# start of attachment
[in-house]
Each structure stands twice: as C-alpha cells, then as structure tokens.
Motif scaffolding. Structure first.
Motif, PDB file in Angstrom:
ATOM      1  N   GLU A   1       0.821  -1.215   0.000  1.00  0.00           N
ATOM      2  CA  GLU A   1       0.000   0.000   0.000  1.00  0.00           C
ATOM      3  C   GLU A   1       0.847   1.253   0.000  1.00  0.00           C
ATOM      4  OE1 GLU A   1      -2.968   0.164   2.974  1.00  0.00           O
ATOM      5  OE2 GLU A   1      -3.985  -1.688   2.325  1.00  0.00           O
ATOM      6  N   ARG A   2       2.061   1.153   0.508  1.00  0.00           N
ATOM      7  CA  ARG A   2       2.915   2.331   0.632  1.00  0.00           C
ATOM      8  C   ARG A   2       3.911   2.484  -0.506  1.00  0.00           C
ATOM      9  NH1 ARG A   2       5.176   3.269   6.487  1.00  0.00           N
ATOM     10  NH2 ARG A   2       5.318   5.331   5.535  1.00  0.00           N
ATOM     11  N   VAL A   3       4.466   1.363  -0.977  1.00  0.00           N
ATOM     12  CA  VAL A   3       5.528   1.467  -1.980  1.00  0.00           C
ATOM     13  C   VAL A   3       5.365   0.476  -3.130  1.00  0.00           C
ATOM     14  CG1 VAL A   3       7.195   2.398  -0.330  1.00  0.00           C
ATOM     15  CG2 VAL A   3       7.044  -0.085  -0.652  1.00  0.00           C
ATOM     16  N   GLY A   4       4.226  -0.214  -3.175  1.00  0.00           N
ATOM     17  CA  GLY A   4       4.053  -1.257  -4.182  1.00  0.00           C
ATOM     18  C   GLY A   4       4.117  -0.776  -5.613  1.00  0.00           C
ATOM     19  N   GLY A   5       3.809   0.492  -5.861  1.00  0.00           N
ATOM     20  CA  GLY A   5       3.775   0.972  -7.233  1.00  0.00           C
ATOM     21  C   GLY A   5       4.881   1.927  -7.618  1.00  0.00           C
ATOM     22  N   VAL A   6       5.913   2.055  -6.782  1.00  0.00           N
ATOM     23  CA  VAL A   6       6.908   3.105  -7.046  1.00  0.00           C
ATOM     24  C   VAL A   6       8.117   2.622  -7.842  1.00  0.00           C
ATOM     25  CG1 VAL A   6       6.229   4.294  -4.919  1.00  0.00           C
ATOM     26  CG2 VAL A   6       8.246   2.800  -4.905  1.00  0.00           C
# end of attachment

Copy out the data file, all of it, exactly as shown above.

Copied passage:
[in-house]
Each structure stands twice: as C-alpha cells, then as structure tokens.
Motif scaffolding. Structure first.
Motif, PDB file in Angstrom:
ATOM      1  N   GLU A   1       0.821  -1.215   0.000  1.00  0.00           N
ATOM      2  CA  GLU A   1       0.000   0.000   0.000  1.00  0.00           C
ATOM      3  C   GLU A   1       0.847   1.253   0.000  1.00  0.00           C
ATOM      4  OE1 GLU A   1      -2.968   0.164   2.974  1.00  0.00           O
ATOM      5  OE2 GLU A   1      -3.985  -1.688   2.325  1.00  0.00           O
ATOM      6  N   ARG A   2       2.061   1.153   0.508  1.00  0.00           N
ATOM      7  CA  ARG A   2       2.915   2.331   0.632  1.00  0.00           C
ATOM      8  C   ARG A   2       3.911   2.484  -0.506  1.00  0.00           C
ATOM      9  NH1 ARG A   2       5.176   3.269   6.487  1.00  0.00           N
ATOM     10  NH2 ARG A   2       5.318   5.331   5.535  1.00  0.00           N
ATOM     11  N   VAL A   3       4.466   1.363  -0.977  1.00  0.00           N
ATOM     12  CA  VAL A   3       5.528   1.467  -1.980  1.00  0.00           C
ATOM     13  C   VAL A   3       5.365   0.476  -3.130  1.00  0.00           C
ATOM     14  CG1 VAL A   3       7.195   2.398  -0.330  1.00  0.00           C
ATOM     15  CG2 VAL A   3       7.044  -0.085  -0.652  1.00  0.00           C
ATOM     16  N   GLY A   4       4.226  -0.214  -3.175  1.00  0.00           N
ATOM     17  CA  GLY A   4       4.053  -1.257  -4.182  1.00  0.00           C
ATOM     18  C   GLY A   4       4.117  -0.776  -5.613  1.00  0.00           C
ATOM     19  N   GLY A   5       3.809   0.492  -5.861  1.00  0.00           N
ATOM     20  CA  GLY A   5       3.775   0.972  -7.233  1.00  0.00           C
ATOM     21  C   GLY A   5       4.881   1.927  -7.618  1.00  0.00           C
ATOM     22  N   VAL A   6       5.913   2.055  -6.782  1.00  0.00           N
ATOM     23  CA  VAL A   6       6.908   3.105  -7.046  1.00  0.00           C
ATOM     24  C   VAL A   6       8.117   2.622  -7.842  1.00  0.00           C
ATOM     25  CG1 VAL A   6       6.229   4.294  -4.919  1.00  0.00           C
ATOM     26  CG2 VAL A   6       8.246   2.800  -4.905  1.00  0.00           C